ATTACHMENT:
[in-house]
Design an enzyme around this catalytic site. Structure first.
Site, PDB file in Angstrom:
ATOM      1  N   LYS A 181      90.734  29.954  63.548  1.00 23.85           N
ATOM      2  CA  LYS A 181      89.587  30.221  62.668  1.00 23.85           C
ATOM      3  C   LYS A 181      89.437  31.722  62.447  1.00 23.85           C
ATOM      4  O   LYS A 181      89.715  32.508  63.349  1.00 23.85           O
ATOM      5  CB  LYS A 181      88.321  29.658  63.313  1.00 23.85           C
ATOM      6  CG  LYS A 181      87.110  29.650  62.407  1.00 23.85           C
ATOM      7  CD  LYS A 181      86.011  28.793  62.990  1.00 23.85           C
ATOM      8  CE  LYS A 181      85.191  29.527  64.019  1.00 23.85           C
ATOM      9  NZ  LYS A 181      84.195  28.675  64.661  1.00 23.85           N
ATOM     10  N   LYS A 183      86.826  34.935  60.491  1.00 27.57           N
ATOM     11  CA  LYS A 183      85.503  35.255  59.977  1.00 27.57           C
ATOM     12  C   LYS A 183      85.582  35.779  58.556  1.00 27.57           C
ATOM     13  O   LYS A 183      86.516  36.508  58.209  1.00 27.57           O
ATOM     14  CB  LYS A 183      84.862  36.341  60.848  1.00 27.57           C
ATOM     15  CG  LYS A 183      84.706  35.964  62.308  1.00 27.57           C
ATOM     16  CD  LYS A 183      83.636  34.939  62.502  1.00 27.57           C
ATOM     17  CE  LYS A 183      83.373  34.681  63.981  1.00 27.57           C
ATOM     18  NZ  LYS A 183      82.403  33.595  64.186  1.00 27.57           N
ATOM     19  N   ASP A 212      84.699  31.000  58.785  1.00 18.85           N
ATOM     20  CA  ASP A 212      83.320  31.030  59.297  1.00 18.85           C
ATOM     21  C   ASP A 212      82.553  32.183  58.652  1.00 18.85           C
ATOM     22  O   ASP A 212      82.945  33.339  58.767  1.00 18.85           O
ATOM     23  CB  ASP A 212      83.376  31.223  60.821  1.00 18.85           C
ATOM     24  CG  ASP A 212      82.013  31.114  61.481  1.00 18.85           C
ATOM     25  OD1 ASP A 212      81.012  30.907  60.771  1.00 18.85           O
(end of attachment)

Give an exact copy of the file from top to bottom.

[in-house]
Design an enzyme around this catalytic site. Structure first.
Site, PDB file in Angstrom:
ATOM      1  N   LYS A 181      90.734  29.954  63.548  1.00 23.85           N
ATOM      2  CA  LYS A 181      89.587  30.221  62.668  1.00 23.85           C
ATOM      3  C   LYS A 181      89.437  31.722  62.447  1.00 23.85           C
ATOM      4  O   LYS A 181      89.715  32.508  63.349  1.00 23.85           O
ATOM      5  CB  LYS A 181      88.321  29.658  63.313  1.00 23.85           C
ATOM      6  CG  LYS A 181      87.110  29.650  62.407  1.00 23.85           C
ATOM      7  CD  LYS A 181      86.011  28.793  62.990  1.00 23.85           C
ATOM      8  CE  LYS A 181      85.191  29.527  64.019  1.00 23.85           C
ATOM      9  NZ  LYS A 181      84.195  28.675  64.661  1.00 23.85           N
ATOM     10  N   LYS A 183      86.826  34.935  60.491  1.00 27.57           N
ATOM     11  CA  LYS A 183      85.503  35.255  59.977  1.00 27.57           C
ATOM     12  C   LYS A 183      85.582  35.779  58.556  1.00 27.57           C
ATOM     13  O   LYS A 183      86.516  36.508  58.209  1.00 27.57           O
ATOM     14  CB  LYS A 183      84.862  36.341  60.848  1.00 27.57           C
ATOM     15  CG  LYS A 183      84.706  35.964  62.308  1.00 27.57           C
ATOM     16  CD  LYS A 183      83.636  34.939  62.502  1.00 27.57           C
ATOM     17  CE  LYS A 183      83.373  34.681  63.981  1.00 27.57           C
ATOM     18  NZ  LYS A 183      82.403  33.595  64.186  1.00 27.57           N
ATOM     19  N   ASP A 212      84.699  31.000  58.785  1.00 18.85           N
ATOM     20  CA  ASP A 212      83.320  31.030  59.297  1.00 18.85           C
ATOM     21  C   ASP A 212      82.553  32.183  58.652  1.00 18.85           C
ATOM     22  O   ASP A 212      82.945  33.339  58.767  1.00 18.85           O
ATOM     23  CB  ASP A 212      83.376  31.223  60.821  1.00 18.85           C
ATOM     24  CG  ASP A 212      82.013  31.114  61.481  1.00 18.85           C
ATOM     25  OD1 ASP A 212      81.012  30.907  60.771  1.00 18.85           O